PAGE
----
Shortly after our young men started living together, things started to fall apart. One family did not like how a staff person handled their son when he escalated into a public tantrum — involving a police car. The trust between them was shattered, just like that, which is understandable — their vulnerable son’s wellbeing seemed to be at stake. This family left our group. We were relieved. I especially loved this staff person. He was not perfect by any means — not so great with paperwork, sometimes a little bit of a know-it-all, and yet he treated Nat like a friend, not with the distance or indifference I’d often come across in Nat’s school residence. The norm in staff mostly feels like kindness- but-just-managing the guys. Yet, on $10 an hour, I’ve been okay with that.
But other families’ confidence has started to wobble, too. We started to have tense emails going around — I take a lot of responsibility for sparking and fanning some of those flames — I’m only human, and I got tired of the complaints, however legitimate some of them were. We stopped having family meetings. Information around our sons became less frequent, and the grumbling among us got louder.
Then, just the other day, yet another of the parents took me aside and told me that she was upset about the quality of their meals and the low stock of some food items that she felt were important for her son’s health. She’d taken to stocking the refrigerator with salad and fruit herself. Again, I could not blame her for feeling this way, but at the same time, I felt my impatience rise. What can we really expect from underpaid, overworked, paperworked-to-death staff? My son was fine, anyway.
Or was he? Just a few months back, his weight had dropped dangerously low. Our doctor had him go in for tests and to see specialists, including a nutritionist. But with a young man who answers, “yes,” to nearly everything simply because he thinks that this is the answer that you are expecting and that will make you stop trying to get him to talk, it is very difficult to compile accurate medical data. Ultimately, the recommendation was to increase Nat’s healthy food intake, to push his calories up. So far, so good. But Nat’s weight is now a chronic worry of mine.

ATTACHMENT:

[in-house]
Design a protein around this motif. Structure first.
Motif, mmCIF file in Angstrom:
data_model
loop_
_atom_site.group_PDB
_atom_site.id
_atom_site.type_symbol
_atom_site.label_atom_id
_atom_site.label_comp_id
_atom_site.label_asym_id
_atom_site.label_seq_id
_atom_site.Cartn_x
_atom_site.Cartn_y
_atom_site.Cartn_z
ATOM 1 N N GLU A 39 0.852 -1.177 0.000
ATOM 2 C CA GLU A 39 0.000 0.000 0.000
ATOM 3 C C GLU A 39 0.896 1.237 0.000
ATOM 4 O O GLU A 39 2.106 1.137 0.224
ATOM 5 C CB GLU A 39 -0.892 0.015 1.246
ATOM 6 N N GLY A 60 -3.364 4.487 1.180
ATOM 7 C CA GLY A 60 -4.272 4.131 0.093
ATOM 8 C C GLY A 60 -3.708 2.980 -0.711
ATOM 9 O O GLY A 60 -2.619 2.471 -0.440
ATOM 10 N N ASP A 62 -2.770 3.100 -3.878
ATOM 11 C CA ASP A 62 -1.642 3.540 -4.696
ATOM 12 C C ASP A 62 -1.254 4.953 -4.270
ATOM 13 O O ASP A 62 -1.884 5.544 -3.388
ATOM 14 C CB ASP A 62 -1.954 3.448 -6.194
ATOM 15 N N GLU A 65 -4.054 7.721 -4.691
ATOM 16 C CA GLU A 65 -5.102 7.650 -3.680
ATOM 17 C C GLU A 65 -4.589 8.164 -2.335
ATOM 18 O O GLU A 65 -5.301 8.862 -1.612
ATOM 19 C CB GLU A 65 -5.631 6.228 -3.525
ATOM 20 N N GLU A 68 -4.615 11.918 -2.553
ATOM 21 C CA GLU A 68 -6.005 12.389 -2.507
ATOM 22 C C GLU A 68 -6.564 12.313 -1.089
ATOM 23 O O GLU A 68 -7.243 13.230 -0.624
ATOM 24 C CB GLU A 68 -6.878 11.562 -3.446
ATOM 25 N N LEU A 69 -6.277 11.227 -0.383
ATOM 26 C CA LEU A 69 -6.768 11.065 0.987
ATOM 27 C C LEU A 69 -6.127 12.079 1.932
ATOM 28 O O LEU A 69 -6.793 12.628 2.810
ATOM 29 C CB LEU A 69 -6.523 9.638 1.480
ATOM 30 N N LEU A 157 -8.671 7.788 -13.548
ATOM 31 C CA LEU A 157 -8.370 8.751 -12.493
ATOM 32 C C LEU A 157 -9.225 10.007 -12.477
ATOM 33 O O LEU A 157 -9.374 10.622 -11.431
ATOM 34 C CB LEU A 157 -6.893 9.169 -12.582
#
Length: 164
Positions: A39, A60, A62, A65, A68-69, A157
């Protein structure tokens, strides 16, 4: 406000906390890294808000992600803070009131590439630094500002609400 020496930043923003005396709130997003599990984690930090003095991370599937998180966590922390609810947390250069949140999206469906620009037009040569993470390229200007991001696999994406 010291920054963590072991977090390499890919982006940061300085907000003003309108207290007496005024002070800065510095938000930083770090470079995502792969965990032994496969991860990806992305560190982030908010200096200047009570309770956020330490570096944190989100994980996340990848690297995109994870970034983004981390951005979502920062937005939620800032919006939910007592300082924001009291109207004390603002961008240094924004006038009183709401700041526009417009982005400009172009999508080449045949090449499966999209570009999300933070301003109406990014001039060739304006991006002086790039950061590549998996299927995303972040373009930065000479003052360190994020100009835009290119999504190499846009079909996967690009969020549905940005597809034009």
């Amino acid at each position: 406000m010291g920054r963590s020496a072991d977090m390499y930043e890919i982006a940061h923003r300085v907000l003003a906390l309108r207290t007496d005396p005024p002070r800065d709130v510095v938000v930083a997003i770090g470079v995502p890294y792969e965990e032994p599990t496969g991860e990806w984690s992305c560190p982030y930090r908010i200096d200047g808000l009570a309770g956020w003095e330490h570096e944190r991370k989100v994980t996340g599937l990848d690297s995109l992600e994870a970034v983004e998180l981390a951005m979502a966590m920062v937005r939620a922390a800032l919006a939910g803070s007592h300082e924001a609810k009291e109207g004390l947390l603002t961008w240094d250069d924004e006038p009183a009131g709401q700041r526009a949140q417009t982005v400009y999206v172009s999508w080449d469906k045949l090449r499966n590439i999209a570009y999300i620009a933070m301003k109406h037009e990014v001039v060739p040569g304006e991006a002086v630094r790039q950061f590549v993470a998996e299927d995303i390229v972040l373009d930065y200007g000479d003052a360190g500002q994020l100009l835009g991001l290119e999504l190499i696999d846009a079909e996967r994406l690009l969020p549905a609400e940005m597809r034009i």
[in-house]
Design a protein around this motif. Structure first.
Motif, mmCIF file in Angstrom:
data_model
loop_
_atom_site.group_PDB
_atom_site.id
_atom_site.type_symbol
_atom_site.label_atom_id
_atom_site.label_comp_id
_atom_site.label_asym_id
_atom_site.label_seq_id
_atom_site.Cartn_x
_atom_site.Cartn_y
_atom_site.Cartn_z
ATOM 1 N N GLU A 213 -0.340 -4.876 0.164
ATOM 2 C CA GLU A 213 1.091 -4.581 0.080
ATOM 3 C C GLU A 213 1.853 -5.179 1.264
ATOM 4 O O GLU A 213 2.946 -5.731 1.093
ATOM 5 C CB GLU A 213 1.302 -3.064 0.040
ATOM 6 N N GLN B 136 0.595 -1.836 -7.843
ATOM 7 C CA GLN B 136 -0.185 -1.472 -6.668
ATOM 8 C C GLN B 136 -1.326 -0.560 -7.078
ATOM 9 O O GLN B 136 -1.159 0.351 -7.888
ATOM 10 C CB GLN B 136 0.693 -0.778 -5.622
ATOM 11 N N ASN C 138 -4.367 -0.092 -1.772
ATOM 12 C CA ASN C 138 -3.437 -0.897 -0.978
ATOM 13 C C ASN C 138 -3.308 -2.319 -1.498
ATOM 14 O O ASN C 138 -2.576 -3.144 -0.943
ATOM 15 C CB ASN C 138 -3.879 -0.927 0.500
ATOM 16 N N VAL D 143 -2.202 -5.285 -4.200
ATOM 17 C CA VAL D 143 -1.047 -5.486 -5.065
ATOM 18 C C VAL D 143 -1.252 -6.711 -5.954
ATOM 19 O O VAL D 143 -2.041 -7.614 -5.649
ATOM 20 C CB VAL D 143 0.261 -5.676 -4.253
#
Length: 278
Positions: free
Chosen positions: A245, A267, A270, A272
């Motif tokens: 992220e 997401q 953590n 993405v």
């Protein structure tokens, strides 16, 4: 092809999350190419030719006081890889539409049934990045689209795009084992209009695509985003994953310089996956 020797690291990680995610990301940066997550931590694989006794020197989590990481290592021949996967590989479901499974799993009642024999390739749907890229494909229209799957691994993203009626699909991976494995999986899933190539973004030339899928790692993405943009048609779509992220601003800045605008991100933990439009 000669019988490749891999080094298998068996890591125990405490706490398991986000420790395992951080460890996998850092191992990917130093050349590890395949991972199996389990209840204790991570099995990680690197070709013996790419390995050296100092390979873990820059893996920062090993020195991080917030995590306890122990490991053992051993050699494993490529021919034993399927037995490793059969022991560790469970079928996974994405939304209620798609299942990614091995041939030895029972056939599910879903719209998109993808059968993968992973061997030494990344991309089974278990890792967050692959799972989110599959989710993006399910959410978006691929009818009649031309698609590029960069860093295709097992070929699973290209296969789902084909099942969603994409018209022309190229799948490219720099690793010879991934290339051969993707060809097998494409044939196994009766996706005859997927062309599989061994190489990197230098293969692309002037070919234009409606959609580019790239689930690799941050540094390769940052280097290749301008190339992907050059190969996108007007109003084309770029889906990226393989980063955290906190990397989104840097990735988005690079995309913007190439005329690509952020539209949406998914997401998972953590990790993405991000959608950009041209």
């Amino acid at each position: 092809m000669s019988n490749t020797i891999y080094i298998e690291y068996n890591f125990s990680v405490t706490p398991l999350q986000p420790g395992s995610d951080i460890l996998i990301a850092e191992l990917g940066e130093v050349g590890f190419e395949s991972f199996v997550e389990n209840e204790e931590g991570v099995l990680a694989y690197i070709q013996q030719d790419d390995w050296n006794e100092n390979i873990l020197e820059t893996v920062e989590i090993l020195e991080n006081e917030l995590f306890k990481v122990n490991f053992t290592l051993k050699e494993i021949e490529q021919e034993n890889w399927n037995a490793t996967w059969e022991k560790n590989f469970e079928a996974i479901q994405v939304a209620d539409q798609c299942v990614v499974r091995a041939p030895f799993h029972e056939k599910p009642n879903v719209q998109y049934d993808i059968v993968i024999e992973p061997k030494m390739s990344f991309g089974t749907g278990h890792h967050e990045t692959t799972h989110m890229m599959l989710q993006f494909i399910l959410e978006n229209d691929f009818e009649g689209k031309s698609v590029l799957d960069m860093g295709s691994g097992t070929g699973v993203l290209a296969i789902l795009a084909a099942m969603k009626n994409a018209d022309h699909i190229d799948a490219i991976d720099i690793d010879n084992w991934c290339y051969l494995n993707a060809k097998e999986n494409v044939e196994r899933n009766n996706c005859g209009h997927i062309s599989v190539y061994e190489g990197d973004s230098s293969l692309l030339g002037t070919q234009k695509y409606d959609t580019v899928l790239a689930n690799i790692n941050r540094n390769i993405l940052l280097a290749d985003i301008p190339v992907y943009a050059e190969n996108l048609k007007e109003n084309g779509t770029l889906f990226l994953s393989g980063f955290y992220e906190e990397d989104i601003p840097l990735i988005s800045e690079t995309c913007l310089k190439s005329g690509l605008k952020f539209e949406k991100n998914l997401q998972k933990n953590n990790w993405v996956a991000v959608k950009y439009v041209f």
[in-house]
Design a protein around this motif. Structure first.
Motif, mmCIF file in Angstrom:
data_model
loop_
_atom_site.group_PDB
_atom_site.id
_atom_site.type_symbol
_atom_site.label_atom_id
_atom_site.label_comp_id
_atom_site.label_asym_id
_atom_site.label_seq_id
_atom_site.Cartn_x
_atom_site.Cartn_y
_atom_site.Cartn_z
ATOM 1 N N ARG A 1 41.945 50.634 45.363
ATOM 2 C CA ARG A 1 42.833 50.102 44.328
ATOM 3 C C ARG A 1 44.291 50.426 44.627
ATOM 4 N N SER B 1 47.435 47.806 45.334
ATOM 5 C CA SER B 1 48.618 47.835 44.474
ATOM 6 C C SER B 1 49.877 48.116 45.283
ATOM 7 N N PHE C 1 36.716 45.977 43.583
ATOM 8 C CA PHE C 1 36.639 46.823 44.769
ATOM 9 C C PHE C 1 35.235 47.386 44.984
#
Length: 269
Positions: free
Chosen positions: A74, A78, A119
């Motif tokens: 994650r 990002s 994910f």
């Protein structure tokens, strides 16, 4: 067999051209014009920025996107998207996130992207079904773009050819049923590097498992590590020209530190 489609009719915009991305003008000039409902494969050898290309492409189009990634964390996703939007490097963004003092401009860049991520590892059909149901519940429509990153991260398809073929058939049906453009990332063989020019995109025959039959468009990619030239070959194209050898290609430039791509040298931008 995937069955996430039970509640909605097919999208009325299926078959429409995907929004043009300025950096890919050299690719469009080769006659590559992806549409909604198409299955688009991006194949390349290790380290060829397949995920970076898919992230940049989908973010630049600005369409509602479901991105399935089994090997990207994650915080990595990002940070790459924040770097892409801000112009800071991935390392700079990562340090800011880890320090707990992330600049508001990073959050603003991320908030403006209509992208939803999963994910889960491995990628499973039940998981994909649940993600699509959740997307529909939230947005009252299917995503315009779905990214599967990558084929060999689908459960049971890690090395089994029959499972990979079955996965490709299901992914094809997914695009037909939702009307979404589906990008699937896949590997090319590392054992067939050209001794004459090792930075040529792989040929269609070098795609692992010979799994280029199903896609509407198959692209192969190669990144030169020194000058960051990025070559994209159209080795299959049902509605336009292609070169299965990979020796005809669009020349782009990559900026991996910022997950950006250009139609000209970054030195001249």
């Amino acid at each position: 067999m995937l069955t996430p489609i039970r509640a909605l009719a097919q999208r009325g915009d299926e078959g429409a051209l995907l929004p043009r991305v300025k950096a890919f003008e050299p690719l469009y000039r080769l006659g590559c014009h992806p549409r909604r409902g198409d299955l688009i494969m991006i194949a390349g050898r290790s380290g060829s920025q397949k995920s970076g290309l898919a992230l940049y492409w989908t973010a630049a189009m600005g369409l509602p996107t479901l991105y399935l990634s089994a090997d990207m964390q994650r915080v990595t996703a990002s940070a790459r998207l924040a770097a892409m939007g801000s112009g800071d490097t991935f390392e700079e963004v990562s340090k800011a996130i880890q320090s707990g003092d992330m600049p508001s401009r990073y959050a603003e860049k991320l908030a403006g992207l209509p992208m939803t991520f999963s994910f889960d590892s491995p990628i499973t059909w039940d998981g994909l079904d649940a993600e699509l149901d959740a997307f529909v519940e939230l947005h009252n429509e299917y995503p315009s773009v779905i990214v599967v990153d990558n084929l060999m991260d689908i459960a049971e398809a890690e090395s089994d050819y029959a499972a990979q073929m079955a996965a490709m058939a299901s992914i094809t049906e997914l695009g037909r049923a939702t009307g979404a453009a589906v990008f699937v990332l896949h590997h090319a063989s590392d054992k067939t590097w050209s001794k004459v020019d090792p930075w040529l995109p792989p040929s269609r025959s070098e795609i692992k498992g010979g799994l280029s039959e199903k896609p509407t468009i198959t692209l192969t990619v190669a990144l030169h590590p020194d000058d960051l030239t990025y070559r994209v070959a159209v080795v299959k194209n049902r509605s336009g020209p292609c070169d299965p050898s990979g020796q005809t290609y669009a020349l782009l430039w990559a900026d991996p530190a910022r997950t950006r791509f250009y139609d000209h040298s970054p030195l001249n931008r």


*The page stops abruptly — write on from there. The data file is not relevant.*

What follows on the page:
Even with four families’ vigilance and heavy involvement bordering on micromanagement, there have been problems where one family has left, and I have considered pulling Nat out to live in a calmer atmosphere with a caregiver. But how can I be sure that even this is a good solution? I still will not have the oversight I would have if he lived in our home. But he cannot live with us. That was disastrous a while back; we could not manage his anxiety and he became frighteningly aggressive or out of control with us at times — once he broke a window with his head, another time he attacked me at the subway platform. And on and on. Oh, it’s gotten better. But the specter of my trauma remains.
Yet Nat’s dad and I are probably the ones who care about him the most of anyone on this earth. And, imperfect as it is, we are still on this earth, so we can still look out for him. But when our time comes, protecting Nat– let alone giving him a life where he can grow — will become an ugly problem. These days, I have no solution. And there are thousands and thousands just like me or worse.
My heart bleeds itself dry when I think about what else I’ll have to accept for Nat. But when I’m dead, I won’t even know. Perhaps the most horrible thing about that, my deepest, bottomless fear, is that in being dead, I won’t even be able to care.